Nicewonder joins to accept his 2009 award at annual meeting in Glade Springs
CHARLESTON – The West Virginia Coal Association and the West Virginia Coal Mining Institute are proud to name Thomas W. Howard and James Lewis Laurita (Jim, Sr.) as the 2010 inductees to the West Virginia Coal Hall of Fame. Laurita and Howard were joined in accepting the award by Don Nicewonder, who received his 2009 induction. Nicewonder had been unable to attend this past year.
“This is the highest honor our industry can bestow,” said Bill Raney, president of the West Virginia Coal Association. “This award is given to people who devote a lifetime of service to our industry and our state.  I am so proud to be able to say I know these three gentlemen and count them as friends. They are gentlemen in every sense of the word. They embody the very best of our industry. Their lives of hard work, commitment to excellence and commitment to the state and its people truly light the way for the rest of us to follow.”

Thomas W. Howard is a native of Mount Hope, WV and lives there today with Betty, his wife of nearly 62 years.  They have three children and six grandsons. His children are:  Thomas W. Howard, II, M.D of Hurricane, Linda D. Brown of Mount Hope, and Charles Howard, P.E. of Morgantown.  Tom has had a wonderful and interesting career in the coal industry and has fond memories of the folks he’s worked with over the span of more than 60 years. 
A veteran of World War II, where he served in U.S. Navy in Asia, Howard became interested in the coal industry at an early age.
After leaving the service in 1946, Tom returned to West Virginia and enrolled at West Virginia University, ultimately obtaining his Master’s Degree in Mining Engineering.  He took his first job in the mining industry in 1949.
In 1961, Tom formed his own consulting mining engineering firm - Thomas W. Howard, Inc. and continued in the engineering business for 47 years until late 2008 when successor firm, Howard Engineering, Inc. was formed.  It is now owned and operated by his son Charles, a 1983 graduate of WVU.
James Lewis Laurita is a native of Morgantown and has lived there his entire life.  Like Howard, he is a veteran of the U.S. Navy.  While stationed in Washington, DC he met the love of his life, his wife Beverly.  They are blessed with two sons, James Jr., and Thomas, and a daughter Toni.  All three children are very active in the family businesses in Morgantown.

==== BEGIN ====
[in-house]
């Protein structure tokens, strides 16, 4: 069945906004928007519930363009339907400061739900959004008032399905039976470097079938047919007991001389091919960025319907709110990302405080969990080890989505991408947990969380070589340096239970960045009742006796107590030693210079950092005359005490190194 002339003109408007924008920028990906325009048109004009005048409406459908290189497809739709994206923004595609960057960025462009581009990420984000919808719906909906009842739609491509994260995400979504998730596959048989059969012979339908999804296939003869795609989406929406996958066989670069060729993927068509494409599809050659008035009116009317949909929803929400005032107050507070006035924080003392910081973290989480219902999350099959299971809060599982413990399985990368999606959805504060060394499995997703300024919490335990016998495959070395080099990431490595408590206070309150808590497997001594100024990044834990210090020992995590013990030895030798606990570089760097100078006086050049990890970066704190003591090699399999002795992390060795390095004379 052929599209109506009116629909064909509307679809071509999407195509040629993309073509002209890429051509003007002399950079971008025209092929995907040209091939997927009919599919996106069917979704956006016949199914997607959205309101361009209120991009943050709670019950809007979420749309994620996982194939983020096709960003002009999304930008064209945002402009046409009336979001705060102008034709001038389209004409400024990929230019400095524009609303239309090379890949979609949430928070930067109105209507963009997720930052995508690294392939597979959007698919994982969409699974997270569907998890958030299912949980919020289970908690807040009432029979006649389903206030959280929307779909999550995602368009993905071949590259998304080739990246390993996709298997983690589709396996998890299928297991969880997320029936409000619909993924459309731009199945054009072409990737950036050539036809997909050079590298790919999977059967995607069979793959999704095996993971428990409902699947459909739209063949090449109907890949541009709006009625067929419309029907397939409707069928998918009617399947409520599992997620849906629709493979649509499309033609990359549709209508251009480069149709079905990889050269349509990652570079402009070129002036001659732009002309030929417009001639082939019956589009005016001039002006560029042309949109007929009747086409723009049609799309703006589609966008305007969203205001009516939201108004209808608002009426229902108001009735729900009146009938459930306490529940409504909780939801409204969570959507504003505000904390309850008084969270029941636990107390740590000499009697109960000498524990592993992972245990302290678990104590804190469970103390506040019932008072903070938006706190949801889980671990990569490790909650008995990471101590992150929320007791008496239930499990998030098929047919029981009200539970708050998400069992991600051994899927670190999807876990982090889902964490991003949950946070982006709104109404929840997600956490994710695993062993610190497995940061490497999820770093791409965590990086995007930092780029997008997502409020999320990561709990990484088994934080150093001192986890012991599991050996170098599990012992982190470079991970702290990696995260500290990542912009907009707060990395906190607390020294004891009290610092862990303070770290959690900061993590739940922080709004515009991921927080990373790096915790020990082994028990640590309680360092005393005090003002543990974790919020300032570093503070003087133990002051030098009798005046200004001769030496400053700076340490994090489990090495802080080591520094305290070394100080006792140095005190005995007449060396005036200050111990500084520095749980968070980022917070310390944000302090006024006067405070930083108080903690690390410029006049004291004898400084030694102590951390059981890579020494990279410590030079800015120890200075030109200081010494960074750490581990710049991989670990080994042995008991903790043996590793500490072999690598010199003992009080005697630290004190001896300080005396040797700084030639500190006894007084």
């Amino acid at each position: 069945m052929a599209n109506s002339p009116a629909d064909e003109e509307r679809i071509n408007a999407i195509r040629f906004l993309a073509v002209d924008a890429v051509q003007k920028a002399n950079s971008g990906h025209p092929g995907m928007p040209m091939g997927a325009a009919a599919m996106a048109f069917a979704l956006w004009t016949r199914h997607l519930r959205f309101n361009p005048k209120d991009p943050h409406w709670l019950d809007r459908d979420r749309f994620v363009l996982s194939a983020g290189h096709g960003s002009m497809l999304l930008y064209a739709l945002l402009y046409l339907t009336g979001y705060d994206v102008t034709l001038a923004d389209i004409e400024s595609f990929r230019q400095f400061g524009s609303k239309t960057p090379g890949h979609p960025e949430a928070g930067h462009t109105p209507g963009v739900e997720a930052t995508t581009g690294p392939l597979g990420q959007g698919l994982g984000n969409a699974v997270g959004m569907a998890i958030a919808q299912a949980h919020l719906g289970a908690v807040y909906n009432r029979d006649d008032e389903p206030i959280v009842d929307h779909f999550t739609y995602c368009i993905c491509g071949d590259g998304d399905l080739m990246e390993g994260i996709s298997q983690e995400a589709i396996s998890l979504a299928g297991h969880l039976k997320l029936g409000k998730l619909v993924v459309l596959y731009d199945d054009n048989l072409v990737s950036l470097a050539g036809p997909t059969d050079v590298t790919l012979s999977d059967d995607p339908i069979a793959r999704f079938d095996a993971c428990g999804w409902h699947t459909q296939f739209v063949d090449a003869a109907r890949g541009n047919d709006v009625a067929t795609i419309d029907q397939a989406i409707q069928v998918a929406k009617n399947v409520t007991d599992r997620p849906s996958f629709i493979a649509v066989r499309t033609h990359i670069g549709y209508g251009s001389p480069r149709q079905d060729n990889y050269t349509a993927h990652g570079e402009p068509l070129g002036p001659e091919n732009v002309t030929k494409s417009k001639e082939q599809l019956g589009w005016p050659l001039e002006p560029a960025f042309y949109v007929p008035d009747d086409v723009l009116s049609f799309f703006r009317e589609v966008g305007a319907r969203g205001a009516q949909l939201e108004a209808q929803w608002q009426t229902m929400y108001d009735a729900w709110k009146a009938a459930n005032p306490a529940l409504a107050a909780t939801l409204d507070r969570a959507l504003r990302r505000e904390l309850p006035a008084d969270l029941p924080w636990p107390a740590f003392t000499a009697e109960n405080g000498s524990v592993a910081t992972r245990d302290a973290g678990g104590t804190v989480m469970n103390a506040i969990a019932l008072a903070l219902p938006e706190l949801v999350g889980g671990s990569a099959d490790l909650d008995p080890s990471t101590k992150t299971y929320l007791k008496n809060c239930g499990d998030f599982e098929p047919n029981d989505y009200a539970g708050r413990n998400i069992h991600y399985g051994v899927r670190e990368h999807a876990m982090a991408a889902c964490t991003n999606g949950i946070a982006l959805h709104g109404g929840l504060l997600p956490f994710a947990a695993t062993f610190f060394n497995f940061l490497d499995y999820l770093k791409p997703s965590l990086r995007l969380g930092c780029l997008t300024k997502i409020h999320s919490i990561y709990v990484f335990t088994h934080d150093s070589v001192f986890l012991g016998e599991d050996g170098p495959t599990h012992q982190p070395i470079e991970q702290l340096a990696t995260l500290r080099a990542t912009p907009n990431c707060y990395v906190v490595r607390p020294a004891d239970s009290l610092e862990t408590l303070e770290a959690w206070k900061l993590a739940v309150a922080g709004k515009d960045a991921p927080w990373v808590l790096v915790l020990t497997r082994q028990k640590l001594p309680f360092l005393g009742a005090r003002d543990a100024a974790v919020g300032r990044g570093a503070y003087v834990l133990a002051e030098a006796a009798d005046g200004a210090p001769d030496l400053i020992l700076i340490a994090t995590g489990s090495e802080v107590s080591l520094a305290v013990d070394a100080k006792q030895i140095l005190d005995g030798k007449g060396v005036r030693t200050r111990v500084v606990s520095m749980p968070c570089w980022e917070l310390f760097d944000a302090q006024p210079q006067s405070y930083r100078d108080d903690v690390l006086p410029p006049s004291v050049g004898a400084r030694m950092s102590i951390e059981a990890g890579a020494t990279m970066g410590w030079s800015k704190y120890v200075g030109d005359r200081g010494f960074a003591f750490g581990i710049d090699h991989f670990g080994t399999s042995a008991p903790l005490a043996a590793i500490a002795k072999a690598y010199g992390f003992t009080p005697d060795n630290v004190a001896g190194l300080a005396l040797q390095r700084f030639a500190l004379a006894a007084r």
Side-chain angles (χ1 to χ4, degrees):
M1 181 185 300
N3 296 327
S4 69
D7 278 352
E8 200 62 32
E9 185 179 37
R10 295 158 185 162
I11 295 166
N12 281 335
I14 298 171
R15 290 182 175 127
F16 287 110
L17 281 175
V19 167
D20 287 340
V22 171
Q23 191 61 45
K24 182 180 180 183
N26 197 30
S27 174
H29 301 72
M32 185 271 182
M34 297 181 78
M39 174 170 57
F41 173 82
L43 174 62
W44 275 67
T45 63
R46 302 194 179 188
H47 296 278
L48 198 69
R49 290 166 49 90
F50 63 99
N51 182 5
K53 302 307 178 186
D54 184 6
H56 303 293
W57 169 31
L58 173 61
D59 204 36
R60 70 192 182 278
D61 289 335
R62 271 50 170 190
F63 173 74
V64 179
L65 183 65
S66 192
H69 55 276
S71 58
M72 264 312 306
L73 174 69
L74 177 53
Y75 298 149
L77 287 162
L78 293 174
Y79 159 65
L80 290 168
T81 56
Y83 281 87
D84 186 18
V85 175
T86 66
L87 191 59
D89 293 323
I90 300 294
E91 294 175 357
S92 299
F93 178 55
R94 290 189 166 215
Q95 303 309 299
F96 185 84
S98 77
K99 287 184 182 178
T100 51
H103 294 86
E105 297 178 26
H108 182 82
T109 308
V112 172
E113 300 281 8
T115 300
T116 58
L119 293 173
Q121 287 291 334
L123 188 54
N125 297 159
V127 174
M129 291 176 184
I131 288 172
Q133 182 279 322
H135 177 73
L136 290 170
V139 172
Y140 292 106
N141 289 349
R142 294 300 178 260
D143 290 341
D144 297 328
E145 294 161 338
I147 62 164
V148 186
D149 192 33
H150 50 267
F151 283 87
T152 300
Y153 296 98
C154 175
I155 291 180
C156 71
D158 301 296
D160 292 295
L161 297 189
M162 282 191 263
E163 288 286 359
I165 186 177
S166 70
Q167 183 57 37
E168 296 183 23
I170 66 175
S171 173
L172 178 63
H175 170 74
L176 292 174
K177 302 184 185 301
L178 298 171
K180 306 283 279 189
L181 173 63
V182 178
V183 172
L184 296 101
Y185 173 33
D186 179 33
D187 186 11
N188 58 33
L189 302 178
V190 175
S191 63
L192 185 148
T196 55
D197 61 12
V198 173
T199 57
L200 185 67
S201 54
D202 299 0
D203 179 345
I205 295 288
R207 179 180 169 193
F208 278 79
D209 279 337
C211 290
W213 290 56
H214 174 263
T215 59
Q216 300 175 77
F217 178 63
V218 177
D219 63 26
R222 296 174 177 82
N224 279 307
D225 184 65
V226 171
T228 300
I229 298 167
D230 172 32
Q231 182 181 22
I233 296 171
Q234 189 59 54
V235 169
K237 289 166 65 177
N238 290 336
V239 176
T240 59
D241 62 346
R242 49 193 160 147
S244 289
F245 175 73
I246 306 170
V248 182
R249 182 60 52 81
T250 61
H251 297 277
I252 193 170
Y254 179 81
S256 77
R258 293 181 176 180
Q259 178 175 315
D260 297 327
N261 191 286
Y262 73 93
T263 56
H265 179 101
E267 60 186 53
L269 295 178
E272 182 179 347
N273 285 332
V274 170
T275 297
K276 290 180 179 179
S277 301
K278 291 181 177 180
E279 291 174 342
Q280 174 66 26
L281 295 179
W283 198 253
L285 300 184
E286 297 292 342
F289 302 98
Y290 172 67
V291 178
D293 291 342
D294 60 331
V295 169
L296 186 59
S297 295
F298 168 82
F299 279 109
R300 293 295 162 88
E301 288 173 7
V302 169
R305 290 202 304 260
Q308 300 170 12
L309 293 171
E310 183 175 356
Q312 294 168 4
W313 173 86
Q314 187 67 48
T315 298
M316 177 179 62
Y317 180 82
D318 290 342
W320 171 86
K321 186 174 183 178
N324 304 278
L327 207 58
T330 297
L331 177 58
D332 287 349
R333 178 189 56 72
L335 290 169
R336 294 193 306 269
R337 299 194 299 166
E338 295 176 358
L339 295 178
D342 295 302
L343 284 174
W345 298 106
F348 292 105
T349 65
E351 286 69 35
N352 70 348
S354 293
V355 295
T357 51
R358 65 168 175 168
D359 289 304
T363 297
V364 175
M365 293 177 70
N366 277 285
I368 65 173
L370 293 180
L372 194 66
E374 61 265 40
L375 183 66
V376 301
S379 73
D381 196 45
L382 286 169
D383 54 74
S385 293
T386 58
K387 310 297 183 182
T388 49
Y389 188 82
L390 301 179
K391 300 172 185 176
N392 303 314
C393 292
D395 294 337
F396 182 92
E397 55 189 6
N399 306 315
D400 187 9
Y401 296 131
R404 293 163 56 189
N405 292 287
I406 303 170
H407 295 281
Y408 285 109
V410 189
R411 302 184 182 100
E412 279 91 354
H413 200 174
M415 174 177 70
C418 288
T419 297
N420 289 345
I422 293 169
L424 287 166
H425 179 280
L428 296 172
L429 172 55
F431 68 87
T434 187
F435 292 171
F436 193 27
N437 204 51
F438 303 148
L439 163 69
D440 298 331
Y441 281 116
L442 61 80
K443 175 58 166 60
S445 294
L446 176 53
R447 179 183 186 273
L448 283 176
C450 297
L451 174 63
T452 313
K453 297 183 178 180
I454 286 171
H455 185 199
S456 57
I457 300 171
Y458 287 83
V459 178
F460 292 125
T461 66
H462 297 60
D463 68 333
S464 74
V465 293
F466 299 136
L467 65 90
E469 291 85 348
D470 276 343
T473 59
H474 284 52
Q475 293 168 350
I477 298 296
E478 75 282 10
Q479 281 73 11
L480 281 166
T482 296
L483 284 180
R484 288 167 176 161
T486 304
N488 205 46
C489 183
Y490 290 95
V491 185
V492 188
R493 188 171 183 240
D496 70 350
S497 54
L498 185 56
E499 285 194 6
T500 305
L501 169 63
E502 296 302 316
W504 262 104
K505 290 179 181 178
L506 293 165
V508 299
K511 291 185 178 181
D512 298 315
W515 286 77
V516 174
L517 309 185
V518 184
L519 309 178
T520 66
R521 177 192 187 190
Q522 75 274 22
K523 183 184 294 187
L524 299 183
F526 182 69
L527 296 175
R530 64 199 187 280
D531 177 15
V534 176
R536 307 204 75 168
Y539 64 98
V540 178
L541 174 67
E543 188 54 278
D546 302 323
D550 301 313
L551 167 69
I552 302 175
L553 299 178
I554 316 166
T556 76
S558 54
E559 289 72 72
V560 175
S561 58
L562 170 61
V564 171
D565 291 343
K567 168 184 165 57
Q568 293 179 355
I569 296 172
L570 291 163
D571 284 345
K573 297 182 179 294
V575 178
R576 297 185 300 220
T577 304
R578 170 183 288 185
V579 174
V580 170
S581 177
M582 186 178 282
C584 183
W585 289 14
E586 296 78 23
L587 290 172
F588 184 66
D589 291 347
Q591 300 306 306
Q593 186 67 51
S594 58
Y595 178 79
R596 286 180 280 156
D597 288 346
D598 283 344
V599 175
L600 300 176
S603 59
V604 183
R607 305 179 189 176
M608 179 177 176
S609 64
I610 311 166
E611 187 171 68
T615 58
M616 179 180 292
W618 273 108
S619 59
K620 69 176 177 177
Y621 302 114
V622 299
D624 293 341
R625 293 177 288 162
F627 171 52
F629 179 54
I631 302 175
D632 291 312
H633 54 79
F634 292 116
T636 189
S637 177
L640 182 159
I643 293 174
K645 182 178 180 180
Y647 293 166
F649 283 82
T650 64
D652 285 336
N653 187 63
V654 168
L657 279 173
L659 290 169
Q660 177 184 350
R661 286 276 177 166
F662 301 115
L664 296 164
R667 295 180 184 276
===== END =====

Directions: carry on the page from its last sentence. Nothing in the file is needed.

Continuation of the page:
After being discharged from the Navy in 1959, Jim joined his father and his brother in purchasing three coal trucks and forming a trucking business hauling from various Morgantown-area coal companies to markets in northern West Virginia and southwestern Pennsylvania.  Over the next twenty years the father and sons grew their trucking business and expanded into contract excavation and property development.  Another brother, Joseph Jr. joined the family business during the 1970’s. 
In 2000, Jim sold his mining operations to his children.  The children were already highly involved with the family business, with Jim Jr. assuming increasing responsibility and growing the mining operations, Tom managing a successful excavation business, and Toni managing the books of the many Laurita companies. Jim felt it was time to step aside and allow his children to take the lead.
Don Nicewonder joined Laurita and Howard, officially accepting his induction of 2009. Nicewonder was unable to attend last year’s ceremony. Nicewonder spent more than fifty years in the coal industry before selling his mining interests in 2005.  He owned and operated multiple coal operations in West Virginia, Virginia and Kentucky, including White Flame Energy, Premium Energy and Twin Star Mining.   His operations received numerous safety and reclamation awards, including winning West Virginia’s highest reclamation award four times.
Creating post-mine opportunities for the communities in which he operated was a priority for Nicewonder.   He developed the world-class Twisted Gun Golf Course on the former Premium Energy mine in Wharncliffe, West Virginia; saved the State of West Virginia hundreds of millions of dollars by constructing approximately 15 miles of the King Coal Highway between Gilbert and Williamson, West Virginia; and, provided land for the future construction of an airport and a new consolidated high school near Ragland, West Virginia.
The West Virginia Coal Association, the West Virginia Coal Mining Institute and the West Virginia Mining and Reclamation Association established the Coal Hall of Fame in 1998. 
The Mineral Resources Building of the WVU College of Engineering and Mineral Resources in Morgantown is home to the Coal Hall of Fame. Individual plaques bearing the names of each of the inductees are on permanent display in the building's atrium. In addition, a photograph of each member hangs in the first-floor hallway of the facility.